Since being indicted in two states and two federal jurisdictions, former President Donald Trump has openly stated his dissatisfaction with the legal system. He has addressed the prosecutions on Twitter, TV, and in his rallies. He can still express himself in that way, but there are new constraints on his freedom of expression.
Federal Election Case
Former US President Donald Trump was subject to a limited gag order issued by US District Judge Tanya Chutkan on October 16. In federal court in Washington, DC, the judge is in charge of Special Counsel Jack Smith’s case. After losing the 2020 presidential race, the ex-president is accused on four offenses.
Smith filed a request for a gag order against Trump in September. He claimed the ex-president had made some ominous comments. The court agreed with the prosecution’s argument.
In her ruling, Chutkan made it clear that the former POTUS had the right to speak out and declare his innocence. She also said that he had every right to say “he’s being unfairly prosecuted.”
The judge, however, has warned the ex-president against attacking potential witnesses or the prosecution. She used Trump’s description of Smith as “thug” and “deranged” as examples of language that would be in violation of the order. Chutkan stated that she would not allow any other criminal defendant to criticize the prosecution in such a way “because the defendant is running a political campaign.”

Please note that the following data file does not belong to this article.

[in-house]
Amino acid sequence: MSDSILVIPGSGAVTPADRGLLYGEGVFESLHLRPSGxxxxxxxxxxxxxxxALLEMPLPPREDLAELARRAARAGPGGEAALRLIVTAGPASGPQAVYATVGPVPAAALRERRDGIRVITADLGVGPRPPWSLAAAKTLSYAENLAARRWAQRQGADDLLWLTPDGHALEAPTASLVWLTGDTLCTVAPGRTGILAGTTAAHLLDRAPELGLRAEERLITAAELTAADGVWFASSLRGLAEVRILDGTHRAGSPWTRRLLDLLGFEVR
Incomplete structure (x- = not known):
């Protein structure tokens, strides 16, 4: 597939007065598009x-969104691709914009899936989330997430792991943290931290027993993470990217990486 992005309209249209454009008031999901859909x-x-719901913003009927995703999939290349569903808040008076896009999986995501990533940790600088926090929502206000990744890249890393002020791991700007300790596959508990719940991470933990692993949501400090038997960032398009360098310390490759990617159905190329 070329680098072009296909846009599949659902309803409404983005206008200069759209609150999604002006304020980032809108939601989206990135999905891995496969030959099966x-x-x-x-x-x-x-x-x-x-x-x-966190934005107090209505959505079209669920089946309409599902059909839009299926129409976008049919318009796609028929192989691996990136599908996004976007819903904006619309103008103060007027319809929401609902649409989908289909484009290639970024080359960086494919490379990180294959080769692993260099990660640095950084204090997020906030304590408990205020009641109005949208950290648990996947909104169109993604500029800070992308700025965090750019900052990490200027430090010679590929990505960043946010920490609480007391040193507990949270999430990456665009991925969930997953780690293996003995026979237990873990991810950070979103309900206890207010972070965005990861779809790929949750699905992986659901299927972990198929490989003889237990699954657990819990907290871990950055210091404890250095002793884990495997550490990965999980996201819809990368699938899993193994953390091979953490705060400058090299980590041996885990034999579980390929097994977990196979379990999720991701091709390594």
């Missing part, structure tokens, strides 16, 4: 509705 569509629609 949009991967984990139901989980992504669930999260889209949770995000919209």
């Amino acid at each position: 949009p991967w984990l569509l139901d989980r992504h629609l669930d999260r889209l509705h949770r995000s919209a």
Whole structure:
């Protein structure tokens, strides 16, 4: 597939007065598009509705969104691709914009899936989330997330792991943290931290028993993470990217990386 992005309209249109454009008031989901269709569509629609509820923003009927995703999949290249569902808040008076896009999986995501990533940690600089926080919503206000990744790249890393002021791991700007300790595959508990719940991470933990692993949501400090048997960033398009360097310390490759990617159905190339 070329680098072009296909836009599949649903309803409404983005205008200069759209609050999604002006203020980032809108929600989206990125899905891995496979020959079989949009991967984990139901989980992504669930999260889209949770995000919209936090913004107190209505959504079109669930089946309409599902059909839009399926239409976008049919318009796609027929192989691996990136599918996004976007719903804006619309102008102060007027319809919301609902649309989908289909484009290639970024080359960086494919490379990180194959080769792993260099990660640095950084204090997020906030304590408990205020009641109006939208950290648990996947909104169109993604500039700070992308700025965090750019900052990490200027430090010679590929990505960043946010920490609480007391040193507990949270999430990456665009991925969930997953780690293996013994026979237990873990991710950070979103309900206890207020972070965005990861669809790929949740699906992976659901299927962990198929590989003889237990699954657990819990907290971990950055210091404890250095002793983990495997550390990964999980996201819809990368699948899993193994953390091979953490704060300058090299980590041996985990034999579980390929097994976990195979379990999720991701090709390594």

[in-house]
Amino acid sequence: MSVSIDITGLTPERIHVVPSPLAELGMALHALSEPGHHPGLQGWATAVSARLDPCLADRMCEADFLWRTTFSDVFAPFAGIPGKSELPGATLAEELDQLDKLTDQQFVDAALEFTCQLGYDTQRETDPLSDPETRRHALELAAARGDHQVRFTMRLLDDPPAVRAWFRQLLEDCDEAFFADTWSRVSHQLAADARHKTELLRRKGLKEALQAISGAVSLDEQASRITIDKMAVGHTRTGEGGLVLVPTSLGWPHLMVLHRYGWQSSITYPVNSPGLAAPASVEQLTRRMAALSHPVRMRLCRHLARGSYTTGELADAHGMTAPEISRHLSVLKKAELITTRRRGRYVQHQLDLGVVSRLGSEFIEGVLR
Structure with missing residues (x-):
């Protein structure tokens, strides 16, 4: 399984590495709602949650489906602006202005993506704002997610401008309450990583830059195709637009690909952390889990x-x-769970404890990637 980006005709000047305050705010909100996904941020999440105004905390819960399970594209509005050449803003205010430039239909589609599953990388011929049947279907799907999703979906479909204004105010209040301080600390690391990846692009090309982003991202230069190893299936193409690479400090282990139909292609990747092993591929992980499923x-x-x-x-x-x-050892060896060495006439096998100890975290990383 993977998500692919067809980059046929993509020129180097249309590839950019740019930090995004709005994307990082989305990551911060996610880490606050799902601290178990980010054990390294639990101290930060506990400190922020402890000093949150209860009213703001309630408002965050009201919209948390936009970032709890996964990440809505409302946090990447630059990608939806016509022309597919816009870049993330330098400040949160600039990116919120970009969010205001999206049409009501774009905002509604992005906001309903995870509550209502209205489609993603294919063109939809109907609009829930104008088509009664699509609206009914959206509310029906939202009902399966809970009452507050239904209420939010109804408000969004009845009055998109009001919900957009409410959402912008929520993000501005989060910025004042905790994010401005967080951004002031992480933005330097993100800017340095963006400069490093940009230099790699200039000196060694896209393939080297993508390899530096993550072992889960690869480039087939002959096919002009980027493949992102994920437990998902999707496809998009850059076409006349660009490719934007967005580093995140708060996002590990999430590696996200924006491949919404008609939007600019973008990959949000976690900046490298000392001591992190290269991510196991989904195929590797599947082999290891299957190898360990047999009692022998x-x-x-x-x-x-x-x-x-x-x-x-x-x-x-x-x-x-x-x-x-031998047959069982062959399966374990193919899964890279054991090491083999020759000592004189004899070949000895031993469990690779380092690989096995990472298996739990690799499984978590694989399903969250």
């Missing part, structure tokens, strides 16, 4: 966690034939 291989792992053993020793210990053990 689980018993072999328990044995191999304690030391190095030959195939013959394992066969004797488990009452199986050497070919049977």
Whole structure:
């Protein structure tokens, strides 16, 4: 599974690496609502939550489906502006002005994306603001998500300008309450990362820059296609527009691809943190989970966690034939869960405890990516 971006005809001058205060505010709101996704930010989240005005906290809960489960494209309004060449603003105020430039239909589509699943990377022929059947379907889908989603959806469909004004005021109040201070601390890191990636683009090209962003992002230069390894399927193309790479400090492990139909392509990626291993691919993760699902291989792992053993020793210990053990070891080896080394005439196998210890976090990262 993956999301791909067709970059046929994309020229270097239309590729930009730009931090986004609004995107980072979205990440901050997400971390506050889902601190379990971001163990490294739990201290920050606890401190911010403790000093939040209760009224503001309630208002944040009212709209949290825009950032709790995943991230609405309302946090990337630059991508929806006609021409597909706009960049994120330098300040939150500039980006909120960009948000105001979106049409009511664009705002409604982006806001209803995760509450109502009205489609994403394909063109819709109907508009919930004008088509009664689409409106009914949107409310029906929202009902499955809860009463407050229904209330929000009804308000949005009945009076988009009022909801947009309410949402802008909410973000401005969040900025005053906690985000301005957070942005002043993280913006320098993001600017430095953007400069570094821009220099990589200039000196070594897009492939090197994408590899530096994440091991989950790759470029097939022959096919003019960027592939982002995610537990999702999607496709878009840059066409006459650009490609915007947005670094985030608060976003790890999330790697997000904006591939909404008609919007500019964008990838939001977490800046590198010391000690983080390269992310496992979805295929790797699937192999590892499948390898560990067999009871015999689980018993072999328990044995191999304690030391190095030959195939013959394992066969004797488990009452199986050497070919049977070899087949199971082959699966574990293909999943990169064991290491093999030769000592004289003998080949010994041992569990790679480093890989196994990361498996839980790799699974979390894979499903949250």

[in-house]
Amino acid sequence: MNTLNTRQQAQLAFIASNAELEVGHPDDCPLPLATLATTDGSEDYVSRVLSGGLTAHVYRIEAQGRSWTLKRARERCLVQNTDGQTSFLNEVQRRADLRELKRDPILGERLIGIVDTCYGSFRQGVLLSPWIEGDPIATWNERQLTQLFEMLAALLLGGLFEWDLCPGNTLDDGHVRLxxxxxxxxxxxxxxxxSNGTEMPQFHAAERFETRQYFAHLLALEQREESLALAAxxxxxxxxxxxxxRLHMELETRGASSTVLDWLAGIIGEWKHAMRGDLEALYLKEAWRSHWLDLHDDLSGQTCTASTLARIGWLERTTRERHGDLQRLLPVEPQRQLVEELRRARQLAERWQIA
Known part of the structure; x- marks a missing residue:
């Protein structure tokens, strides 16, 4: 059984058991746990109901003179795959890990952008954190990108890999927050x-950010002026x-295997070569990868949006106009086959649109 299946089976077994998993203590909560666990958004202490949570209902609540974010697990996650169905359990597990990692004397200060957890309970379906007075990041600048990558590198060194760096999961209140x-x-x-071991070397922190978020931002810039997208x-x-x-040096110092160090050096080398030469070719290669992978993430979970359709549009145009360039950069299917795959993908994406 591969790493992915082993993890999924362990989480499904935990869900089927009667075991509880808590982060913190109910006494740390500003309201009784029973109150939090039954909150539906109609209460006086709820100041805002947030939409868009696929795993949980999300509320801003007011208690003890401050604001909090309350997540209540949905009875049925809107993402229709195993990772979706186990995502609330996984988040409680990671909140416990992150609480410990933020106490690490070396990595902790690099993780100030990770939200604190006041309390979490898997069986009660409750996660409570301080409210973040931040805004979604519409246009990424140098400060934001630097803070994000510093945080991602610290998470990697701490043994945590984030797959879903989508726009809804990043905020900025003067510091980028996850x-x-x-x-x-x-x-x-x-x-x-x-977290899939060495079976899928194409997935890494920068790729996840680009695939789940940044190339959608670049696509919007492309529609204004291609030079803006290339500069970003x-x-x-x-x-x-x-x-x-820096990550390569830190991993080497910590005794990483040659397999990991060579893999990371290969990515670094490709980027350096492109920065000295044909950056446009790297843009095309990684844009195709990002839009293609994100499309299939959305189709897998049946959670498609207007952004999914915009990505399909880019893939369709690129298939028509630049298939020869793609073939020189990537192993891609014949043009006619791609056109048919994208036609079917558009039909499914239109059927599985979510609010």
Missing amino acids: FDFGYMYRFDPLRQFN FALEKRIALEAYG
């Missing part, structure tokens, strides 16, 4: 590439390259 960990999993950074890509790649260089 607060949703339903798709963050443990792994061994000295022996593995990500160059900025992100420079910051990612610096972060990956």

If the former president violates the gag order, Chutkan has the option of fining him or revoking his bond.
On October 17, Trump’s legal team filed an appeal.
The Second Order
The gag order in the DC case isn’t the only one issued against the president. Judge Arthur Engoron, the judge overseeing the New York civil fraud trial against the former POTUS and his business, also issued a limited gag order.
The judge in that case specifically forbade Trump to criticize any of the court’s employees in public. The decision was made after the former president tweeted a photo of the judge’s chief law clerk, Allison Greenfield. Trump deemed her selfie with Senate Democratic Leader Chuck Schumer of New York “disgraceful.”
Before the judge could issue the gag order, Trump removed the offending tweet.
The former president has pleaded not guilty to the combined 90+ felonies prosecutors have charged him with in New York, Georgia, and federal court. He maintains the charges against him are a continuation of a witch hunt.